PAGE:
US To Ramp Up Military Equipment for Ukraine But Still No 'Lethal' Arms
Humvees, radars, and drones are on their way to the Ukraine front lines.
This story has been updated.
The U.S. will provide more substantial arms and military equipment to Ukraine in the form of $75 million worth of armored Humvees, drones and counter-mortar radars. Much of it will help the Ukrainian military with situational awareness and targeting enemy artillery, but the list of goods does not include “lethal aid” that members of Congress and Ukraine supporters have asked President Barack Obama to authorize.
“This new assistance is part of our ongoing efforts to help sustain Ukraine’s defense and internal security operations and resist further aggression,” a senior administration official told reporters in an email. Missing from the announcement were Javelin portable anti-tank missiles requested by the Ukrainian military.
The announcement comes after months of pressure from Ukrainian officials and a recent push from both Republican and Democratic lawmakers.
“I think the administration has felt political pressure to do something…. This may well be a response to that political pressure,” Steven Pifer, Brookings senior fellow and former U.S. ambassador to Ukraine, told Defense One. Pifer co-authored a report last month that is based on interviews with front line commanders in the Ukrainian military and argued that the U.S. should provide anti-tank and anti-battery weapons, but especially radars and unmanned aerial vehicles, or UAVs, to detect enemy positions.
“UAVs for situation awareness would be useful. That was on the top six or seven [items] that they were talking about,” Pifer said. He added that commanders also highlighted the urgent need for radios and more secure communication equipment. “They were doing communications over telephones.”
Some members of the Ukrainian military were immediately appreciative of the development. “Well, it's really good,” Natan Chazin, a Ukrainian battalion commander, told Defense One in regard to the statement. He added that the Ukrainian Army is now forming a special unit of at least 200 personnel for drone surveillance and reconnaissance.
The senior administration official did not detail what sorts of radios, radars and drones the U.S. is prepared to send to Ukraine. Igor Korolenko, a drone developer in Ukraine affiliated with the voluntary People’s Project, which is working to get arms to the front lines, told Defense One that all the items mentioned would be “very, very useful.” He added that the radios should be frequency-hopping spread spectrum, or FHSS, which effectively moves the carrier signal among frequencies, making the communication resistant to deliberate jamming.
Better radars have emerged as perhaps the most urgent need of the Ukrainian forces since more than 70 percent of Ukrainian losses come from rocket fire. They would be essential for pinpointing the origin of rocket attacks and targeting Russian-made artillery quickly. The U.S. has already sent around 20 counter mortar radars to the front, according to Pifer. But, he says, “there’s a separate question about counter battery radars which would allow the Ukrainians to see out to say 20 to 40 kilometers, which would allow them to pinpoint the origin of longer range artillery and also rocket strikes. I don’t think that’s on offer at this point.”
A Pentagon spokesman was not immediately able to provide more specific information on the types of equipment under consideration for Ukraine except to say that the drones would be AeroVironment RQ-11 Ravens, a small handheld drone commonly used by the U.S. military.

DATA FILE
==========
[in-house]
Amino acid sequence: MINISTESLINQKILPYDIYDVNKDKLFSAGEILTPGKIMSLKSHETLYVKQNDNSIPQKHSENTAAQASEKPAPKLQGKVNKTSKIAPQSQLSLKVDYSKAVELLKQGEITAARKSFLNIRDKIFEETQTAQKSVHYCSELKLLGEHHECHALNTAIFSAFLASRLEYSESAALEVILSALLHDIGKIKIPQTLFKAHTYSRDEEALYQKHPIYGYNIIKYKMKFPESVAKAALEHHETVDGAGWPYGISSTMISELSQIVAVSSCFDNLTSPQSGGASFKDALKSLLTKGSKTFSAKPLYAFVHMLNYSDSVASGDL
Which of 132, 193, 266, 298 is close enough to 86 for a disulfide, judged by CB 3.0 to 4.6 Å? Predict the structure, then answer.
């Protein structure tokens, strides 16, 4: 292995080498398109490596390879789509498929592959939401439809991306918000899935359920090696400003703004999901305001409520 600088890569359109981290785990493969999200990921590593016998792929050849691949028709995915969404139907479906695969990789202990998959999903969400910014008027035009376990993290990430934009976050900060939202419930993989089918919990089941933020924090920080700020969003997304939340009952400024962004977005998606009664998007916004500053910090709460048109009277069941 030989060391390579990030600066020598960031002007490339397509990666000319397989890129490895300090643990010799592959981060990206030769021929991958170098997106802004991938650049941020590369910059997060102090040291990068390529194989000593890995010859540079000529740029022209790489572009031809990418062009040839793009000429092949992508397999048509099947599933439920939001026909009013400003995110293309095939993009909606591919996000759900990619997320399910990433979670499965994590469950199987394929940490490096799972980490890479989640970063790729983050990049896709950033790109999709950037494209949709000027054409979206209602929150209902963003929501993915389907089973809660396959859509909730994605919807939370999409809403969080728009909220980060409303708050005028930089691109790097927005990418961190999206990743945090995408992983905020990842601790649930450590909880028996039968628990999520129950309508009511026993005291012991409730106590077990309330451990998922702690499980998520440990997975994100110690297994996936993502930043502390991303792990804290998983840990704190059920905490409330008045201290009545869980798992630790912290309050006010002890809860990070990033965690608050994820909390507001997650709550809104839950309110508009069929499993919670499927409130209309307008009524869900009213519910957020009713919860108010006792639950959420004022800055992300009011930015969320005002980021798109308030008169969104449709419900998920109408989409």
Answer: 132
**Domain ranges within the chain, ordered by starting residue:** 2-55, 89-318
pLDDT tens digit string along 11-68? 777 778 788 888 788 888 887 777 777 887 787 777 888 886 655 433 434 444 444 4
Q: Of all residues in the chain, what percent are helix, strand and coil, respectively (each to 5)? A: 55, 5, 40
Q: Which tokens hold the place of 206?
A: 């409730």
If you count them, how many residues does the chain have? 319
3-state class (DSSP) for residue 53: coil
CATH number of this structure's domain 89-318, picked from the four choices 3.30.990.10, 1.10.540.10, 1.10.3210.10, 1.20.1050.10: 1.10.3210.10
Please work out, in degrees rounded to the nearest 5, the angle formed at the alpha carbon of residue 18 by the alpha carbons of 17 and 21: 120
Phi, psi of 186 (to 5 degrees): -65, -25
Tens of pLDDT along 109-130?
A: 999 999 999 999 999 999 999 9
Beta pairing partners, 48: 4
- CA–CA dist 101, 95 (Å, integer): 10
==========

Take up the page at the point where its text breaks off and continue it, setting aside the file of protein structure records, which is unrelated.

While the promise of more aid was welcomed from within Ukraine and in Washington, questions persist as to how quickly the U.S. will be able to get the material to the front lines because of bureaucratic delays. The best thing that the White House can do now, says Pifer, is begin to lay the legal and formal groundwork for the eventual delivery of more aid, including possibly weapons.
“It would make sense now for the administration to work with congress to begin preparing the legislation and the authorities necessary to begin providing defensive arms. You can always suspend or stop that process later on,” said Pifer.
The specific quantities of the military equipment in the latest non-lethal U.S. aid package will determine its effectiveness, said Leonid Polyakov, who served as Ukraine’s deputy defense minister from 2005 to 2008 and for two months in early 2014 after President Viktor Yanukovych and his government were overthrown.
“If numbers are sufficient to have systemic impact, it is good,” he said.
The Pentagon’s European Command, which oversees military cooperation in the region, must also make sure Ukrainian forces are properly trained on this new equipment, Polyakov said.
“For me this decision means that we would have less casualties and our enemies would have less incentives to continue their provocations,” he said. “If numbers are not sufficient to provide systemic effect, we may loose more people and more territory than would have happened otherwise.”
The former minister called the Obama administration decision to send more non-lethal equipment “better late than never,” adding that Ukrainian forces have needed secure radios, drones, artillery radars and other navigation, communication and reconnaissance equipment for more than a year.
“We asked our U.S. friends to help us with body armor and this equipment early on, but it took a year of hesitation for U.S. leadership, and for us – thousands of dead and hundreds of thousands of refugees, wounded, handicapped and missing – until [a] decision was finally made,” he said.
Marcus Weisgerber contributed to this story